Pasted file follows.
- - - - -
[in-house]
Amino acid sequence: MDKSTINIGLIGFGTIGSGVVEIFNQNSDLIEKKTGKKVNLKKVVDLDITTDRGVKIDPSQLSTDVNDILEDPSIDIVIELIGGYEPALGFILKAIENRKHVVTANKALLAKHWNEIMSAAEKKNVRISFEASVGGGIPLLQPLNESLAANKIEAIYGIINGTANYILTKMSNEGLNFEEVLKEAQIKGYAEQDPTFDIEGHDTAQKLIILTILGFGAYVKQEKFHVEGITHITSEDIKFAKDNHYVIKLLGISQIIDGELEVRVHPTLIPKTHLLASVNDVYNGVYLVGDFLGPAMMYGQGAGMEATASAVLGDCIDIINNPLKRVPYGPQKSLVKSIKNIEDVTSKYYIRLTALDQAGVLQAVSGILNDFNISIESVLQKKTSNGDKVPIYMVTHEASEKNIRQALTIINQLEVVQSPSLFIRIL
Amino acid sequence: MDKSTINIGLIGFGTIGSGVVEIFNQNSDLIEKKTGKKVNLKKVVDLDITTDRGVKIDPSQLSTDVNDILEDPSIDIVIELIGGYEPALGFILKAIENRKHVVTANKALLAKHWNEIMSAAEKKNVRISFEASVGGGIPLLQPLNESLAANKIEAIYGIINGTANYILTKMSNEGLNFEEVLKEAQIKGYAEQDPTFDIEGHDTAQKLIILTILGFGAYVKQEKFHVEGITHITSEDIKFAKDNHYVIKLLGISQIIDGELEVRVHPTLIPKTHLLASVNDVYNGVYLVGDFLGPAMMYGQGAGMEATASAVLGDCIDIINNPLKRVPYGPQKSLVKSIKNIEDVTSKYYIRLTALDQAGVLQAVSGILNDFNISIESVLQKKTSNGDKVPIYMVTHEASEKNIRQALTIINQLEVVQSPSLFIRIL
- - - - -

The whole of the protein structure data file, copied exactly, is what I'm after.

[in-house]
Amino acid sequence: MDKSTINIGLIGFGTIGSGVVEIFNQNSDLIEKKTGKKVNLKKVVDLDITTDRGVKIDPSQLSTDVNDILEDPSIDIVIELIGGYEPALGFILKAIENRKHVVTANKALLAKHWNEIMSAAEKKNVRISFEASVGGGIPLLQPLNESLAANKIEAIYGIINGTANYILTKMSNEGLNFEEVLKEAQIKGYAEQDPTFDIEGHDTAQKLIILTILGFGAYVKQEKFHVEGITHITSEDIKFAKDNHYVIKLLGISQIIDGELEVRVHPTLIPKTHLLASVNDVYNGVYLVGDFLGPAMMYGQGAGMEATASAVLGDCIDIINNPLKRVPYGPQKSLVKSIKNIEDVTSKYYIRLTALDQAGVLQAVSGILNDFNISIESVLQKKTSNGDKVPIYMVTHEASEKNIRQALTIINQLEVVQSPSLFIRIL
Amino acid sequence: MDKSTINIGLIGFGTIGSGVVEIFNQNSDLIEKKTGKKVNLKKVVDLDITTDRGVKIDPSQLSTDVNDILEDPSIDIVIELIGGYEPALGFILKAIENRKHVVTANKALLAKHWNEIMSAAEKKNVRISFEASVGGGIPLLQPLNESLAANKIEAIYGIINGTANYILTKMSNEGLNFEEVLKEAQIKGYAEQDPTFDIEGHDTAQKLIILTILGFGAYVKQEKFHVEGITHITSEDIKFAKDNHYVIKLLGISQIIDGELEVRVHPTLIPKTHLLASVNDVYNGVYLVGDFLGPAMMYGQGAGMEATASAVLGDCIDIINNPLKRVPYGPQKSLVKSIKNIEDVTSKYYIRLTALDQAGVLQAVSGILNDFNISIESVLQKKTSNGDKVPIYMVTHEASEKNIRQALTIINQLEVVQSPSLFIRIL